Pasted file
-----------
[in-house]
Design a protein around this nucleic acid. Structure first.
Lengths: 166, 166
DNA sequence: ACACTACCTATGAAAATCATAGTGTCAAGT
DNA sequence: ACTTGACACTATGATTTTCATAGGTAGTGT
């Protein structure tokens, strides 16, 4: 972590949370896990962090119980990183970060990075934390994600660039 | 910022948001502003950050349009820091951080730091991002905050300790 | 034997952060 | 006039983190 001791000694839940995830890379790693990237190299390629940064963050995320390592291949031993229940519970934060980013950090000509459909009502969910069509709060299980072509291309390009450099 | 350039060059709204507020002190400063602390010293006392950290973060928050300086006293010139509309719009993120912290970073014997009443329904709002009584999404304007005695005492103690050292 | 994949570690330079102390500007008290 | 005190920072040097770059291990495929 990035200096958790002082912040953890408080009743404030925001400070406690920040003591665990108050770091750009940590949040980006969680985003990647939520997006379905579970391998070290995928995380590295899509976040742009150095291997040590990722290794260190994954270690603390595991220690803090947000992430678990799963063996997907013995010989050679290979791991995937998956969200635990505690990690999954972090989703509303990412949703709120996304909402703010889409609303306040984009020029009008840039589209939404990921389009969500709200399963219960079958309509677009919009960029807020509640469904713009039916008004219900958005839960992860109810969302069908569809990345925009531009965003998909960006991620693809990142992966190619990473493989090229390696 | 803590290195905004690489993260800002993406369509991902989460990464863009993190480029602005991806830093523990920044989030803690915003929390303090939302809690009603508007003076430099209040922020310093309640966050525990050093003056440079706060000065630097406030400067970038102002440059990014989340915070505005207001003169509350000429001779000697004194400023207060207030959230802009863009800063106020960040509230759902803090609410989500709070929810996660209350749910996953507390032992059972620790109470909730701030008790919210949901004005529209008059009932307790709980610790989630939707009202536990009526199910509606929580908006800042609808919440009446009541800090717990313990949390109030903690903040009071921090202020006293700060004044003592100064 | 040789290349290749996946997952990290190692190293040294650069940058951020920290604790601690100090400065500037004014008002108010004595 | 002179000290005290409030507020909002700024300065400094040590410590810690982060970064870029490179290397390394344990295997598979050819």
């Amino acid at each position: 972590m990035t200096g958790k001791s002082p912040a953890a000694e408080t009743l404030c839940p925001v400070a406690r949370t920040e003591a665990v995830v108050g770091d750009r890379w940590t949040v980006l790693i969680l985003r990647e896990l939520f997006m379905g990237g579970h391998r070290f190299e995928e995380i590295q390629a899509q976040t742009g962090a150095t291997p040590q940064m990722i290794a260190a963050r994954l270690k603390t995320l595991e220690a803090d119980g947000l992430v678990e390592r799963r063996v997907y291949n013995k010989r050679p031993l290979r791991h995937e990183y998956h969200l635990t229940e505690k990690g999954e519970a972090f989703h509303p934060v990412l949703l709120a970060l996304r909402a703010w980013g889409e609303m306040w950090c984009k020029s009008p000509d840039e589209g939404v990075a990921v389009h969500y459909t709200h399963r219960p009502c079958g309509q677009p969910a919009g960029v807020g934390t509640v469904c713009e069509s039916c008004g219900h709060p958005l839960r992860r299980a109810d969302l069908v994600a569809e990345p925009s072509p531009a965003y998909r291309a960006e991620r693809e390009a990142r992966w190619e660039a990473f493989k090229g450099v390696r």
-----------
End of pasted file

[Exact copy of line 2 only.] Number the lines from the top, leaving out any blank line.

Design a protein around this nucleic acid. Structure first.